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edited by Alexander Cockburn and Jeffrey St. Clair

 

The best argument for capital punishment is that nothing beats the certainty of being hung in the morning for focusing the mind. But I can say that when you’ve just been sentenced to one to 10 years in the California state pen, you’re only thinking about what you’ll be doing for the next 10 years. That’s what was on my mind on October 16th, 1964, as an elevator took me to a holding tank in the Alameda County Courthouse. But I had no more than put both feet into the barred room when someone tapped me on the shoulder and said:

“I know you. You’re Lenny Glaser. I heard you speak at Merritt College during the Cuban missile crisis. John Thomas told me about you. My name is Huey Newton.”

He knew me by my step-father’s name, which I used at that time. He was a trustee, he had chores to do, but we were able to spend some of the next four days discussing race and revolution.

What fate, what destiny, what chance had thrown us together at that time and place? Huey didn’t give me any details of his case, except that he was there to start 6 months on the county farm. But later research provides ample detail.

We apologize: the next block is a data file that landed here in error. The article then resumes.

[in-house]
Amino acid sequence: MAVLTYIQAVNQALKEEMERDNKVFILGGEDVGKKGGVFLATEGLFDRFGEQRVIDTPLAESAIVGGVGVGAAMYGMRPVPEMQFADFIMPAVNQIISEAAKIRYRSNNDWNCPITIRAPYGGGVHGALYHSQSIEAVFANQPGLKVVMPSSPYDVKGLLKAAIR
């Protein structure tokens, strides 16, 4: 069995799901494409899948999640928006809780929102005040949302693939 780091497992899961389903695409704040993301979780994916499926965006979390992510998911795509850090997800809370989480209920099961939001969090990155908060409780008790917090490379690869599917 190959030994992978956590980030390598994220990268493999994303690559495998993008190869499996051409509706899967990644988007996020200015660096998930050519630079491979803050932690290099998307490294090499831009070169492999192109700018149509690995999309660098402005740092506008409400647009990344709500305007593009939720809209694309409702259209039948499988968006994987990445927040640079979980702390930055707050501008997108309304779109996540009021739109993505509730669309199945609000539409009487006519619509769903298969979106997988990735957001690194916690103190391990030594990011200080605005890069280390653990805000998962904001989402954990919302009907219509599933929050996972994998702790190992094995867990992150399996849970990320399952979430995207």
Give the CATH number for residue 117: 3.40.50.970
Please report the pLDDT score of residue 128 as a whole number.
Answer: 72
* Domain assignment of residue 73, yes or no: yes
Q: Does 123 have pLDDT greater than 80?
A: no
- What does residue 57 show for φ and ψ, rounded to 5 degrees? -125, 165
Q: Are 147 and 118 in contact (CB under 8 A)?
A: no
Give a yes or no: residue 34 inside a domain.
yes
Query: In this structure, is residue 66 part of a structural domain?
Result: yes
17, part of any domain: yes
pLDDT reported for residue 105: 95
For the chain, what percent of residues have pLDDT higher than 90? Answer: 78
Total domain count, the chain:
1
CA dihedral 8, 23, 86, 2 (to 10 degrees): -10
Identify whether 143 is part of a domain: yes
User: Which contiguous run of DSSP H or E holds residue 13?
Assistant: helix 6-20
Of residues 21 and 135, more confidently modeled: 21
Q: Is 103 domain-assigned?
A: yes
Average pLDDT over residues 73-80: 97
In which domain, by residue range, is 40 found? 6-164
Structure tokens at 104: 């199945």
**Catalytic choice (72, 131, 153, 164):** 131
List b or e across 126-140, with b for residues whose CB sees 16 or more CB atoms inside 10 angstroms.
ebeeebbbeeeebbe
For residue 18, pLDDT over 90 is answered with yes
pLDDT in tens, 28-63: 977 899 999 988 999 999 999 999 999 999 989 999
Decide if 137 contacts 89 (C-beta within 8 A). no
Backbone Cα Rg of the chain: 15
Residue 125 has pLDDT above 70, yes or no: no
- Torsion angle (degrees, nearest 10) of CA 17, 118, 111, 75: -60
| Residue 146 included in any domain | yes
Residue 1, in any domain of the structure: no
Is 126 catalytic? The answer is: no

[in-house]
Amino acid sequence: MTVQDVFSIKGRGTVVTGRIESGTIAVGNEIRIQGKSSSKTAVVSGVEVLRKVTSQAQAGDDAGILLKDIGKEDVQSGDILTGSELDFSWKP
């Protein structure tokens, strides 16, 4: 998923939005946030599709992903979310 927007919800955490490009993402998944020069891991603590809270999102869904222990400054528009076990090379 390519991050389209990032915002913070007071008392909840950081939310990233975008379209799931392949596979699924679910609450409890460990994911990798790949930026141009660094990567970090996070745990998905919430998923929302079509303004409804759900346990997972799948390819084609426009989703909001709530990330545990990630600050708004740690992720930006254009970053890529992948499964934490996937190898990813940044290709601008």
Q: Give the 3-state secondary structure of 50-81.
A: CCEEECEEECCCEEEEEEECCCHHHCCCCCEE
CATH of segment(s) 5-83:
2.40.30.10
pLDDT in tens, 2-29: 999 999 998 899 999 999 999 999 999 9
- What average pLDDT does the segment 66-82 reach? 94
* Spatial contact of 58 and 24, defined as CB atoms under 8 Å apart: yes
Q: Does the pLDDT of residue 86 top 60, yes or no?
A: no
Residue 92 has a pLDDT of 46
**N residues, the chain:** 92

He was all of 22, the last of seven children. His later as-told-to book, Revolutionary Suicide, listed burglary and pimping among his endless youthful crimes. But his older brother, Melvin, was a social worker, and he developed himself intellectually so as to be a credit to him. Melvin had been invited to a dinner party and brought Huey along. An older man, Odell Lee, got into a discussion with him and it became an argument. Huey turned away to eat his steak. Lee, insulted, took his arm and turned him around. The ultimate street-fighter thought Lee was going for him. When Lee–s other hand dropped to his hip pocket, Huey slashed at him with the steak-knife.

Simultaneous reading and roistering had turned Huey into a jail-house lawyer. He defended himself at trial, arguing that, as a ghetto youth, he thought he was about to be attacked with a knife, and that therefore he was defending himself when he slashed Lee. He was found guilty of felony assault with a deadly weapon. His family hired a lawyer, who got him a ‘good’ sentence of three years, with 2 1/2 years on probation after the county time.